What is Activity-Based Costing?
Activity-based costing is a more specific way of allocating overhead costs based on “activities” that actually contribute to overhead costs. In job-order costing and variance analysis, overhead costs are applied based on a specific cost driver such as labor hours or machine hours. An activity is an event, task, or unit of work with a specific purpose, whether it be designing products, setting up machines, operating machines, or distributing products. Therefore, activity-based costing considers all these potential activities instead of relying on just one variable (either labor hours or machine hours).
Labor Hours Approach vs Activity-Based Approach
Let take a look at the following example to compare the differences:
XYZ Company manufactures and sells two types of tables: Standard and Luxury. Annual sales, direct labor hours, and total direct labor hours per year are provided below:
|Standard: 2,000 units * 5 labor hours per unit||10,000|
|Luxury: 10,000 units * 4 labor hours per unit||40,000|
|Total Labor Hours||50,000|
Costs for materials and labor for each table are provided below:
|Direct Labor ($12 per hour)||$60||$48|
Manufacturing overhead costs total $800,000 every year. The breakdown of these costs among the company’s six activity cost pools is given below. The following six activities contribute to overall overhead costs.
|General factory machine hours||$250,000||12,000||28,000||40,000|
Using the predetermined overhead rate approach with labor hours, the predetermined overhead rate is equal to $16 per labor hour ($800,000 / 50,000 labor hours). Using this information, we can design a cost card for each product.
Unit Cost Card Using Labor Approach
Standard Luxury Direct materials $25 $17 Direct labor $60 $48 Manufacturing overhead applied: Standard: 5 labor hours * $16 per labor hour $80 Luxury: 4 labor hours * $16 per labor hour $64 Unit product cost $165 $129
Activity-Based Approach to Determine Overhead
Using the activity-based costing approach, we can determine overhead rates for each activity that is relevant to production. The activities listed below are given in this example but companies usually break down the relevant activities.
|Activity||Estimated MOH||Total per Activity||Overhead Rate|
|Labor related||$80,000||50,000 hours||$1.60 per labor hour|
|Machine setups||$150,000||5,000 setups||$30.00 per setup|
|Parts administration||$160,000||80 parts||$2,000 per part|
|Production orders||$70,000||400 orders||$175 per order|
|Material receipts||$90,000||750 receipts||$120 per receipt|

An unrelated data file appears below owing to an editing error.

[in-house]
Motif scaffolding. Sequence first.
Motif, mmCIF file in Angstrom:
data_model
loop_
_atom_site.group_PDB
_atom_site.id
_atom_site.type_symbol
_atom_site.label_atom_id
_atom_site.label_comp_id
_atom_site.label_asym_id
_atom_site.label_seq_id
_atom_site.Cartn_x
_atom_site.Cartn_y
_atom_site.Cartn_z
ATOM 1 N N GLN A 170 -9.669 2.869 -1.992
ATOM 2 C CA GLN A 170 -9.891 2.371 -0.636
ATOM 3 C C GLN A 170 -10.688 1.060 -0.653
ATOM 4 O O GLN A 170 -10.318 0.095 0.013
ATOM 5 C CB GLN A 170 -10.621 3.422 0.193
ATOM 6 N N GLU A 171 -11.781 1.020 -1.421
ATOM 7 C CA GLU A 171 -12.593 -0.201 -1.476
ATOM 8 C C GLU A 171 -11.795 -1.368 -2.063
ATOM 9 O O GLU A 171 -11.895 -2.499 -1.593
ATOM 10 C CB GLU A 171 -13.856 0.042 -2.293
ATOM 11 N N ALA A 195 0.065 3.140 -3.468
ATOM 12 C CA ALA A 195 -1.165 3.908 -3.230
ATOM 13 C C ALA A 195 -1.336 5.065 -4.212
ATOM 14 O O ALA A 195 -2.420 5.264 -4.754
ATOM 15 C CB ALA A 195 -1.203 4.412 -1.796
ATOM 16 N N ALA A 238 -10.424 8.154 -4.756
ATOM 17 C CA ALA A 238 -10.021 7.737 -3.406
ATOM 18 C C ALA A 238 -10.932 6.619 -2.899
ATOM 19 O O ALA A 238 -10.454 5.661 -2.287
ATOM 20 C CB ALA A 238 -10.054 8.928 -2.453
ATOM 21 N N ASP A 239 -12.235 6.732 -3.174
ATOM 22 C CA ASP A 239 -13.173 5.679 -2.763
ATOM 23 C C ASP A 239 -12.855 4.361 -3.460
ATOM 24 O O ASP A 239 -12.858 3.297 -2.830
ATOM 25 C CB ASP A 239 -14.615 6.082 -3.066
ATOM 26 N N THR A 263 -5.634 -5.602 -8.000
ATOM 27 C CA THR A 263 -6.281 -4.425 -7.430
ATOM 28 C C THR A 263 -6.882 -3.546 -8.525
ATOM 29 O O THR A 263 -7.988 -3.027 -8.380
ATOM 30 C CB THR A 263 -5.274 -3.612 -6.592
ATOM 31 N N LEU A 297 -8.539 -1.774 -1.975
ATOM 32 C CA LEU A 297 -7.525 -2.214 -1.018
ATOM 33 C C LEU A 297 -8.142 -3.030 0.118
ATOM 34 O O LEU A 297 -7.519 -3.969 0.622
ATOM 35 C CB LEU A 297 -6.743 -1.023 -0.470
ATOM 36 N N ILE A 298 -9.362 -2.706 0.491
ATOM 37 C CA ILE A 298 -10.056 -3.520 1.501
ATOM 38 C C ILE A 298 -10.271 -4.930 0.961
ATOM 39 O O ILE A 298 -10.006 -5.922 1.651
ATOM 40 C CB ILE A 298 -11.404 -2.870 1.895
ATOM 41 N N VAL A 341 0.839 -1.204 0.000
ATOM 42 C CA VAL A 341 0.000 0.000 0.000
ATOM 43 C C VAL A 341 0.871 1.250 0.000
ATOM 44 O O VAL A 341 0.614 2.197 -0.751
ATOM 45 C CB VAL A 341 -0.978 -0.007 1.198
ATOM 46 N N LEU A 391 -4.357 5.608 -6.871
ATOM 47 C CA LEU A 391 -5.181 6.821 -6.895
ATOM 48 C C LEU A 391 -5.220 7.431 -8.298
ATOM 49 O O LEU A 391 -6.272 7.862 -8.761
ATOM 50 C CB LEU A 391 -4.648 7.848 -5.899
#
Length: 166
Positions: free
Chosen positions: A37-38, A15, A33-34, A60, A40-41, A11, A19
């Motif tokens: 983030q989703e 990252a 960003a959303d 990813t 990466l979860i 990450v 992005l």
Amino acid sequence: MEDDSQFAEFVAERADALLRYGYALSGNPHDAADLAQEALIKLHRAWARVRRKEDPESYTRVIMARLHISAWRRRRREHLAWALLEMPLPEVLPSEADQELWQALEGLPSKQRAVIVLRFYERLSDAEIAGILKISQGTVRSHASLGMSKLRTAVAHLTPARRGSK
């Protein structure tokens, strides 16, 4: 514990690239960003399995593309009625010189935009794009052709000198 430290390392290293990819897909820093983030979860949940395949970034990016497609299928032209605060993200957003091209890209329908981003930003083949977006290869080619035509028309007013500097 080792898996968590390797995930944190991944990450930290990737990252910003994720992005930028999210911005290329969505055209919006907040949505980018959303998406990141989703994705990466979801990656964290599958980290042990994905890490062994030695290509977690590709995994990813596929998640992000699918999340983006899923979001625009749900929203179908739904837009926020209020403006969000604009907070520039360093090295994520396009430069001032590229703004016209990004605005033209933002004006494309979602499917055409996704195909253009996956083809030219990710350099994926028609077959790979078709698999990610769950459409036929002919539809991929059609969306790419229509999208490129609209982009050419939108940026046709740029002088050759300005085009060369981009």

|General factory machine hours||$250,000||40,000 machine hours||$6.25 per machine hour|
Next, for each product, we can use the calculated overhead rates to determine the overhead numbers:
|Activity||Expected Activity||Overhead applied||Expected Activity||Overhead applied|
|General factory machine hours||12,000||$75,000||28,000||$175,000|
|Units produced||2,000||Units produced||10,000|
|Overhead cost per unit||$158.25||Overhead cost per unit||$48.35|
Under the activity-based approach, the unit cost card gives different unit product costs for each product.
Unit Cost Card Using Activity-Based Approach
|Manufacturing overhead applied:|
|Standard: 5 labor hours * $16 per labor hour||$158.25|
|Luxury: 4 labor hours * $16 per labor hour||$48.35|
|Unit product cost||$243.25||$113.35|
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By comparing the first unit cost card (i.e., when manufacturing overhead is applied based on just one variable: direct labor hours) and the second unit cost card (i.e., when manufacturing overhead is applied based on several important activities), we can see that the unit product cost for each product is generally similar. However, the activity-based approach is the more precise and common way that companies will allocate their manufacturing overhead costs.
For the standard product, we can see that the manufacturing overhead cost per unit is too low for the regular labor-based approach. In producing the product, more overhead costs were actually put into the process than estimated by the labor approach. In contrast, for the luxury product, manufacturing overhead costs based on labor hours were too high compared to the activity-based approach. When considering all relevant activities, overhead costs in manufacturing each product are actually less than that estimated by labor hours only.
Therefore, even though labor hours or machine hours may be a good starting point for companies to get a general idea of potential overhead costs, they can use activity-based costing as an alternative if they are looking to get a more exact assessment of overhead.
Thank you for reading the CFI guide to activity-based costing. To learn more about costing and accounting, see the following CFI resources: